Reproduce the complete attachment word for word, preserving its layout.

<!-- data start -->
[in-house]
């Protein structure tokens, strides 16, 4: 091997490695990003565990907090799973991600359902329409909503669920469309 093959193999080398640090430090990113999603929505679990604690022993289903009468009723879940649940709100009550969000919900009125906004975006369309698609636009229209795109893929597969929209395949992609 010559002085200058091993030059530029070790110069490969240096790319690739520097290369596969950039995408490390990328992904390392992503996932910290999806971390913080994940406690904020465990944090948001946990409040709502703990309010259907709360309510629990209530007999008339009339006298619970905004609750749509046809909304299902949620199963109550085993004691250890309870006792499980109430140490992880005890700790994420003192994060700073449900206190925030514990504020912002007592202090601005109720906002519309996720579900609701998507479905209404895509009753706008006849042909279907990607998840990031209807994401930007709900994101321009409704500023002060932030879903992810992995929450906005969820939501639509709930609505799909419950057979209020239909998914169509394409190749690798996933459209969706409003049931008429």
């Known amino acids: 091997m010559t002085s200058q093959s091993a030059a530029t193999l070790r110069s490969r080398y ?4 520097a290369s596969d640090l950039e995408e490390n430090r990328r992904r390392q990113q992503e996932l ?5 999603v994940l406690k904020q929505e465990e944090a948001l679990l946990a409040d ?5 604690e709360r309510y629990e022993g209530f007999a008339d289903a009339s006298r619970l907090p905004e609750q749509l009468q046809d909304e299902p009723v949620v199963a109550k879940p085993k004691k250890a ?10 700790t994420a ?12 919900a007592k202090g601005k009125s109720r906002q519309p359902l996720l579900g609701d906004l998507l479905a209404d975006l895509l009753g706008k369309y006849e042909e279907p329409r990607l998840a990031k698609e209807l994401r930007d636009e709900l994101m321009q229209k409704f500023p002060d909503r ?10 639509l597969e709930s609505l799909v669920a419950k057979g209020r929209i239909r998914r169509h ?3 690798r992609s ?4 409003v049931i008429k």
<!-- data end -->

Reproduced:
[in-house]
């Protein structure tokens, strides 16, 4: 091997490695990003565990907090799973991600359902329409909503669920469309 093959193999080398640090430090990113999603929505679990604690022993289903009468009723879940649940709100009550969000919900009125906004975006369309698609636009229209795109893929597969929209395949992609 010559002085200058091993030059530029070790110069490969240096790319690739520097290369596969950039995408490390990328992904390392992503996932910290999806971390913080994940406690904020465990944090948001946990409040709502703990309010259907709360309510629990209530007999008339009339006298619970905004609750749509046809909304299902949620199963109550085993004691250890309870006792499980109430140490992880005890700790994420003192994060700073449900206190925030514990504020912002007592202090601005109720906002519309996720579900609701998507479905209404895509009753706008006849042909279907990607998840990031209807994401930007709900994101321009409704500023002060932030879903992810992995929450906005969820939501639509709930609505799909419950057979209020239909998914169509394409190749690798996933459209969706409003049931008429």
């Known amino acids: 091997m010559t002085s200058q093959s091993a030059a530029t193999l070790r110069s490969r080398y ?4 520097a290369s596969d640090l950039e995408e490390n430090r990328r992904r390392q990113q992503e996932l ?5 999603v994940l406690k904020q929505e465990e944090a948001l679990l946990a409040d ?5 604690e709360r309510y629990e022993g209530f007999a008339d289903a009339s006298r619970l907090p905004e609750q749509l009468q046809d909304e299902p009723v949620v199963a109550k879940p085993k004691k250890a ?10 700790t994420a ?12 919900a007592k202090g601005k009125s109720r906002q519309p359902l996720l579900g609701d906004l998507l479905a209404d975006l895509l009753g706008k369309y006849e042909e279907p329409r990607l998840a990031k698609e209807l994401r930007d636009e709900l994101m321009q229209k409704f500023p002060d909503r ?10 639509l597969e709930s609505l799909v669920a419950k057979g209020r929209i239909r998914r169509h ?3 690798r992609s ?4 409003v049931i008429k």